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Go with your Guts! Chris James for Honestly Healthy

It’s been a lousy morning. You spilt coffee down your freshly ironed white shirt, were late for work, missed a crucial meeting and now the Big Man has called you in to his office.

At lunchtime you walk straight past the salad section and head for the sandwiches and crisps. You can’t resist the carbs, and in these times of stress you feel helplessly drawn to seek out comfort foods. Sounds familiar? What you probably don’t know, though, is that the real culprit may not be the brain in your head, but your other brain, the brain in your stomach.

“Its aberrations are responsible for a lot of suffering,” says Pasricha. He believes that a better understanding of the second brain could pay huge dividends in our efforts to control all sorts of conditions, from obesity and diabetes to problems normally associated with the brain such as Alzheimer’s and Parkinson’s.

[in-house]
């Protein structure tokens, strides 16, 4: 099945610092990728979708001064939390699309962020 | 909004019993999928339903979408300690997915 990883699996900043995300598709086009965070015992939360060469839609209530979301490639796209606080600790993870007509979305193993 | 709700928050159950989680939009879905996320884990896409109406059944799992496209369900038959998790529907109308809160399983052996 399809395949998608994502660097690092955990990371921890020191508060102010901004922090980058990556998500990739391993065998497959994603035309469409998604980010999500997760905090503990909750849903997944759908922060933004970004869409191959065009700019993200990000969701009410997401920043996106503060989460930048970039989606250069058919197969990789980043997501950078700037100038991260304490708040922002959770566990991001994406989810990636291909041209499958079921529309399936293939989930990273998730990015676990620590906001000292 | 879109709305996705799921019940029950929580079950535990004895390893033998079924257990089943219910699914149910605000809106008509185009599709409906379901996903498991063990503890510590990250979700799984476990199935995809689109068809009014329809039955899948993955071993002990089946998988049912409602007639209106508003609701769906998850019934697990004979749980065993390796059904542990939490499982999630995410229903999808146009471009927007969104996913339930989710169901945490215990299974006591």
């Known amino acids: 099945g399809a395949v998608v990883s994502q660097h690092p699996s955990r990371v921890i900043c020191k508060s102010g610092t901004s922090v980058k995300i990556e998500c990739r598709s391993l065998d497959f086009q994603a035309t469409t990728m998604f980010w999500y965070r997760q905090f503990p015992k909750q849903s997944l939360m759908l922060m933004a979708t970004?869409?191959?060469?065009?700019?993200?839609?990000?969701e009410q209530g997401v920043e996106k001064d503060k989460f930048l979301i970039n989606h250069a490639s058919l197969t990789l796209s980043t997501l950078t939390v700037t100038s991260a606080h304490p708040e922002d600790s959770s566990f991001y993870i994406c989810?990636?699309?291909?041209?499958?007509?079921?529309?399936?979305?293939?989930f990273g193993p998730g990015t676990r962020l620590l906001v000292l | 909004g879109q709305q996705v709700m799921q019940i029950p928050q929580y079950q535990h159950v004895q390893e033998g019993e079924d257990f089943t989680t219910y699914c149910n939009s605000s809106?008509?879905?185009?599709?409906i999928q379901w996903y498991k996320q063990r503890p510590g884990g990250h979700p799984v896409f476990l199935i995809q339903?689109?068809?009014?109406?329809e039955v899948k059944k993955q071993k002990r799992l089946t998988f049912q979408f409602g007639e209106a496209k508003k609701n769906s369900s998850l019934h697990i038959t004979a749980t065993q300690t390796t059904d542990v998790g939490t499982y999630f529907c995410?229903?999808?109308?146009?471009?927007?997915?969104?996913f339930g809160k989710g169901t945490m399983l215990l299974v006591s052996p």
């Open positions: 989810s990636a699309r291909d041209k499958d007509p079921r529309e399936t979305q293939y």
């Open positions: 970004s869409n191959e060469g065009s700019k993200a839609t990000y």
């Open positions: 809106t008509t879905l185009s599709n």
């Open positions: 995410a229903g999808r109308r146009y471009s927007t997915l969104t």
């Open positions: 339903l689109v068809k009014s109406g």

In the gut there is a well kept secret; there are millions of nerve cells, almost as many as in the brain. It has been known for a long time that the enteric nervous system (ENS) controls digestion. It has recently been discovered that it also plays an important role in our physical and mental well-being. The ENS can work both independently of, and in conjunction with, the brain in your head, although you are not conscious of your gut ‘thinking.’

Amazingly, if the main connection with the brain, the vagus nerve is severed with the ENS, the gut remains capable of performing digestion without the brain…! What’s more the ENS influences the brain more so than the other way around – about 90 per cent of the signals passing along the vagus nerve come not from brain, but from the GUT.

This has extraordinary implications; human beings have an innate ability to process information about what’s going on around them, and put a response into action separate from the brain and central nervous system.

Butterflies?

Have you ever felt “butterflies” in your tummy? Underlying this sensation is an often-overlooked network of neurons lining our guts that is so extensive some scientists have nicknamed it our “second brain”.